Since the Cold War, Denmark has staked its claim to northern Greenland - and its untapped mineral wealth - with dog sledge patrols. This is the Sirius Patrol in numbers.
The vast icy expanses at the top of our planet are rich in coal, ore and minerals. Although inhospitable in the extreme, these areas are in demand.
Denmark patrols and protects its sovereignty over Greenland with a small naval unit called the Sirius Patrol. The US Geological Survey estimates the oil reserves off its coast are as big as those in the North Sea.
Each autumn, six dog sledge teams - each manned by two soldiers from the Royal Danish Navy - spend up to six months patrolling an area of 160,000 sq km (60,000 sq miles). They are the only people in a vast wilderness about three times the size of Denmark.
During winter the sun disappears for two months. The average yearly temperature is -10C (14F) and the mercury can dip as low as -55C (-67F) - the lowest recorded temperature in the area.
There are up to 14 dogs in each team, and a day's patrol will typically cover 30km (19 miles). At night the soldiers retire to a hi-tech tent. The dogs sleep outside, even in the depths of winter.
The unit selectively breeds Greenlandic dogs for endurance and strength. Each dog works for five years. By the time it retires, a dog in the Sirius Patrol will have pulled sledges for more than 20,000km (12,427 miles).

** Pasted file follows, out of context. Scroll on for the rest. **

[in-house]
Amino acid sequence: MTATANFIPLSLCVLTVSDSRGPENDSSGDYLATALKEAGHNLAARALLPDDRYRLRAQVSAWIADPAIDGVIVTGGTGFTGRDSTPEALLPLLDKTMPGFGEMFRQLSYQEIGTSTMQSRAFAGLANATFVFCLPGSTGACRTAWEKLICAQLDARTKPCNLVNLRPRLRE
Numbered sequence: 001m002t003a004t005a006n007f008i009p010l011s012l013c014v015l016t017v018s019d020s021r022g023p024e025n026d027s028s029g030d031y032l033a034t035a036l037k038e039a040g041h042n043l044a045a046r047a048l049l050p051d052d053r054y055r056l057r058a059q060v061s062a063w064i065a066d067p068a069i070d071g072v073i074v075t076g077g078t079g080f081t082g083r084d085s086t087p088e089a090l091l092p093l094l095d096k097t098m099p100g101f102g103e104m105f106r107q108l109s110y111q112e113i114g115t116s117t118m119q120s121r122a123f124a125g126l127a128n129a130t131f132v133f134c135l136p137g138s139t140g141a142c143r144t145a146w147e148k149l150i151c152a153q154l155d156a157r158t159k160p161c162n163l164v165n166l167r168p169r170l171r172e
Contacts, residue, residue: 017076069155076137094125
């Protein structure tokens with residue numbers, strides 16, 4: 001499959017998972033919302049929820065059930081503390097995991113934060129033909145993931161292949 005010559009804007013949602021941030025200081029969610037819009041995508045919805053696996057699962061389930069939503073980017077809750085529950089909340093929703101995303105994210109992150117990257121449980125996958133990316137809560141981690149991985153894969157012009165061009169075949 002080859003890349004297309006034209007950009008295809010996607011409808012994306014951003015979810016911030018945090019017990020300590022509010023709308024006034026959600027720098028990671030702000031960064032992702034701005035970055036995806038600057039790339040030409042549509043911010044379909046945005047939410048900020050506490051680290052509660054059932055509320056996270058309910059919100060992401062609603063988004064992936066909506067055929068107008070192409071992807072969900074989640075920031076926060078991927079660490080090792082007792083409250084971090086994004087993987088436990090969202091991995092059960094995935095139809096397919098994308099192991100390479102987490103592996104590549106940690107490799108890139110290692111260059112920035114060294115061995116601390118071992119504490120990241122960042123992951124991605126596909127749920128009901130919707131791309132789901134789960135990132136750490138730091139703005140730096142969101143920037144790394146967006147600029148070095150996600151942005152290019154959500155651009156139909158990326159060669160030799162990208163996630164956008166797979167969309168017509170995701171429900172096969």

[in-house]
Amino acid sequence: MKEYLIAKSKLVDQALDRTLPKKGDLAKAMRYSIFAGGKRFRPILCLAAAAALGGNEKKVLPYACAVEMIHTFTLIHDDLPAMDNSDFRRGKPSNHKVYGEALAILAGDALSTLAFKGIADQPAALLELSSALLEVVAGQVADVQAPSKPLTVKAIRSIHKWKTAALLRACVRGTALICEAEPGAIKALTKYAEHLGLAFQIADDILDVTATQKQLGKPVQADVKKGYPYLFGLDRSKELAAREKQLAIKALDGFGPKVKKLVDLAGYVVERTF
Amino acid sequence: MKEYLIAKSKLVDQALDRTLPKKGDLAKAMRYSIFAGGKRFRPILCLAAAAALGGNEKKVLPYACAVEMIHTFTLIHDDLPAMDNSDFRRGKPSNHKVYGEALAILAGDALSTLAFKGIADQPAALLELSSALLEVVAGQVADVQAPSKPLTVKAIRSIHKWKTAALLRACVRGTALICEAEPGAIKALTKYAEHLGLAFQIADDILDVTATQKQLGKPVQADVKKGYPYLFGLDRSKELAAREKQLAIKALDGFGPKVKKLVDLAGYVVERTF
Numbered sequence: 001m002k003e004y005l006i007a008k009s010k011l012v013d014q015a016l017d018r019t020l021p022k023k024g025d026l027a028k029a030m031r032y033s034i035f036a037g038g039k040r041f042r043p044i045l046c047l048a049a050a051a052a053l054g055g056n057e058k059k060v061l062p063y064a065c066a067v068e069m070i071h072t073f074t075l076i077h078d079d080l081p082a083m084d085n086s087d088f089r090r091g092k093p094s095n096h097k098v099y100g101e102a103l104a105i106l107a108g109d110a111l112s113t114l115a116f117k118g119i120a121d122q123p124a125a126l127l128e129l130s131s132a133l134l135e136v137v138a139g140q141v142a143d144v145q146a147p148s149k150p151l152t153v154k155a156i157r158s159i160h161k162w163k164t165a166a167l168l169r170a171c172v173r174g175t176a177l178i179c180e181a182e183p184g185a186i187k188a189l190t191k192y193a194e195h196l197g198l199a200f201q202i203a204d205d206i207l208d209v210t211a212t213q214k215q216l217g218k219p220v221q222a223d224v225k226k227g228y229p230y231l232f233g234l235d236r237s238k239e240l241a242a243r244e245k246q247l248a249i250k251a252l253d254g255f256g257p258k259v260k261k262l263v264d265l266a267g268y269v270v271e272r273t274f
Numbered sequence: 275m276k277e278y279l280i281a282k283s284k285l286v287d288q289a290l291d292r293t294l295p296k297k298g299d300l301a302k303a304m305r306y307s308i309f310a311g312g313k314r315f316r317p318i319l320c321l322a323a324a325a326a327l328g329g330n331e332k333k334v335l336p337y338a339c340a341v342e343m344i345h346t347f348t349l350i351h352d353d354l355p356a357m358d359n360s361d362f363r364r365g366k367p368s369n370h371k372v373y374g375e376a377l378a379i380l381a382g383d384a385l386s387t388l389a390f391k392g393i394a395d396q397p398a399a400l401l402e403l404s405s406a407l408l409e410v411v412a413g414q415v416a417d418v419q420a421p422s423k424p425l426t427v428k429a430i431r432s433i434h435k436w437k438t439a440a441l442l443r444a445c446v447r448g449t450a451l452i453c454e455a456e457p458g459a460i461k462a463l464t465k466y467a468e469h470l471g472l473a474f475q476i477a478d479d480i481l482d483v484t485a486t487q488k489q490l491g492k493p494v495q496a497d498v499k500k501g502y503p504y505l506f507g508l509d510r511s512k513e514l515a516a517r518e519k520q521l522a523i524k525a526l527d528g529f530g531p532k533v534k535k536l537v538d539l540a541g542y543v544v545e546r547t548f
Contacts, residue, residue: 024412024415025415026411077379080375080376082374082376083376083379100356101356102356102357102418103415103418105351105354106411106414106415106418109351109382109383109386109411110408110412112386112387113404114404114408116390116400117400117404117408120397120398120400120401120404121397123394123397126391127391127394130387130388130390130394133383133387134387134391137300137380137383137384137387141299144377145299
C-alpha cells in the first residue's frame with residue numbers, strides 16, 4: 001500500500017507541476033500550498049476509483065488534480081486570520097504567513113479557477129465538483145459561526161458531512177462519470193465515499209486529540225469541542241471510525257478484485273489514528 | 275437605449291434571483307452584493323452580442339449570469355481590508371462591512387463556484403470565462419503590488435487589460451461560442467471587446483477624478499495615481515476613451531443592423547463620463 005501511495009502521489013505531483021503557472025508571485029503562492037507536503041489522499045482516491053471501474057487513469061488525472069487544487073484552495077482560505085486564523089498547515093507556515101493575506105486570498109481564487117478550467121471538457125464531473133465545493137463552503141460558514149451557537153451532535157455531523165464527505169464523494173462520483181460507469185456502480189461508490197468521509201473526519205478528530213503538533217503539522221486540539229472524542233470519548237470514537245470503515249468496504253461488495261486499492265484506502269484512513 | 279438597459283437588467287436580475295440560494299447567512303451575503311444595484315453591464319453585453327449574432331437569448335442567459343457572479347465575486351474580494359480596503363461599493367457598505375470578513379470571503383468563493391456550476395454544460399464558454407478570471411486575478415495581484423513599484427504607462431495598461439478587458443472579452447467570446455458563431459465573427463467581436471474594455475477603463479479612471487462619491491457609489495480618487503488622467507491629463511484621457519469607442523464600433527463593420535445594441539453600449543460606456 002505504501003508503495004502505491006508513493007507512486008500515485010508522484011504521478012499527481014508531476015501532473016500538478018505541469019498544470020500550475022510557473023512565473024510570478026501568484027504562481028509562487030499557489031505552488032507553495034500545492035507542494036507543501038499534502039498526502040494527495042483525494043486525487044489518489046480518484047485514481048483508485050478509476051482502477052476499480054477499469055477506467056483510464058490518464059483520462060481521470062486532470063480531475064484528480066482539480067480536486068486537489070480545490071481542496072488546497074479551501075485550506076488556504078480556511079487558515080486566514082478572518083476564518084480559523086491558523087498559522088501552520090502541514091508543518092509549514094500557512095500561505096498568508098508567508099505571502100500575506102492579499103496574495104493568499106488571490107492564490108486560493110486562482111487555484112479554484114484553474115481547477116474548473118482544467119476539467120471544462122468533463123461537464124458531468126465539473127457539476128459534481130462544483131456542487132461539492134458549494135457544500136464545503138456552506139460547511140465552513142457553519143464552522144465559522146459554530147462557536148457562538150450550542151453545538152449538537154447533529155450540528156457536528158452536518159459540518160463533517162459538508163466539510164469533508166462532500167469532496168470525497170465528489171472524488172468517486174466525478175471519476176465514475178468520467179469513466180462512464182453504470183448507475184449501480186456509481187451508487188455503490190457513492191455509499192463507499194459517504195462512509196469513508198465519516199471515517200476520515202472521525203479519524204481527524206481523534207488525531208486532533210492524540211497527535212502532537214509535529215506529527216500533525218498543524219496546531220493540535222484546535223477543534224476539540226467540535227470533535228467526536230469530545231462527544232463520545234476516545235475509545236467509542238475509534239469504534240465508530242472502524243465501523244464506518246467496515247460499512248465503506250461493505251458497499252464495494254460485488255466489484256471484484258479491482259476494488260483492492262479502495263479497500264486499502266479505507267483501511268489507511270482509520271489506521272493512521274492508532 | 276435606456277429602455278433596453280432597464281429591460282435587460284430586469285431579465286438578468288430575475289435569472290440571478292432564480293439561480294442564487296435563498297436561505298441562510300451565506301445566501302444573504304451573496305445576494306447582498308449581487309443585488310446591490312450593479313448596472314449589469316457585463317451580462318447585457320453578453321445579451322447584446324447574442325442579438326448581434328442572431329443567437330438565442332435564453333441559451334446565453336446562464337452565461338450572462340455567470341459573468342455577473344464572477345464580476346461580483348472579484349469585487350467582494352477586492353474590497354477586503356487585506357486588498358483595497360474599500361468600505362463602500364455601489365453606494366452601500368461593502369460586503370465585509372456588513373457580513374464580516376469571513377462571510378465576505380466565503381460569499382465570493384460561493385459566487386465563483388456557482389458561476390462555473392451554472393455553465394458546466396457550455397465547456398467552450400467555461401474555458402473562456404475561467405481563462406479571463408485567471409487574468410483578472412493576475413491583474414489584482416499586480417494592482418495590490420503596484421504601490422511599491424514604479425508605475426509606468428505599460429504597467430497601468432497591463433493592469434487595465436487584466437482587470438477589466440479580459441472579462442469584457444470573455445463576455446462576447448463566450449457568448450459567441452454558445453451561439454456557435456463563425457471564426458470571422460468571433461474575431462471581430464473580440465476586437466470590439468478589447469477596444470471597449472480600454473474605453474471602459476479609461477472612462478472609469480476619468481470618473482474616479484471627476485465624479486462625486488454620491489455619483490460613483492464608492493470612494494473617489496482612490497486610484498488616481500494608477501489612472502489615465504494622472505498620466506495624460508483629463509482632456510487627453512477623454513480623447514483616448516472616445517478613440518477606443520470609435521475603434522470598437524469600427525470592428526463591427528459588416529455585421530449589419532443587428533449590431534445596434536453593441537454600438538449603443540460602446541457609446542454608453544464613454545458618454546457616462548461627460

During a two-year placement with the unit, the soldiers are paid a monthly salary of 22,000 Danish kroner (£2,535) after tax. Their arctic training includes dog handling, building emergency snow shelters, and hunting for food.
After being granted sovereignty over Greenland in 1933, Denmark has been obliged to maintain a permanent presence in the entire area.
The first dog sledge patrols began during World War II to monitor and then destroy German weather bases as part of efforts to keep Greenland in Allied hands.
In 1950, with the Cold War cooling international relations, Denmark decided to establish a permanent military presence. Initially christened Operation Resolut, it was renamed Sirius in 1953 after the brightest star in the dog constellation.
The Cold War has long since ended, but Greenland remains a desirable territory, rich in oil and precious metals. The environment is too extreme for current mining technology, but the patrols secure Denmark's claim to this valuable wilderness simply by their presence.
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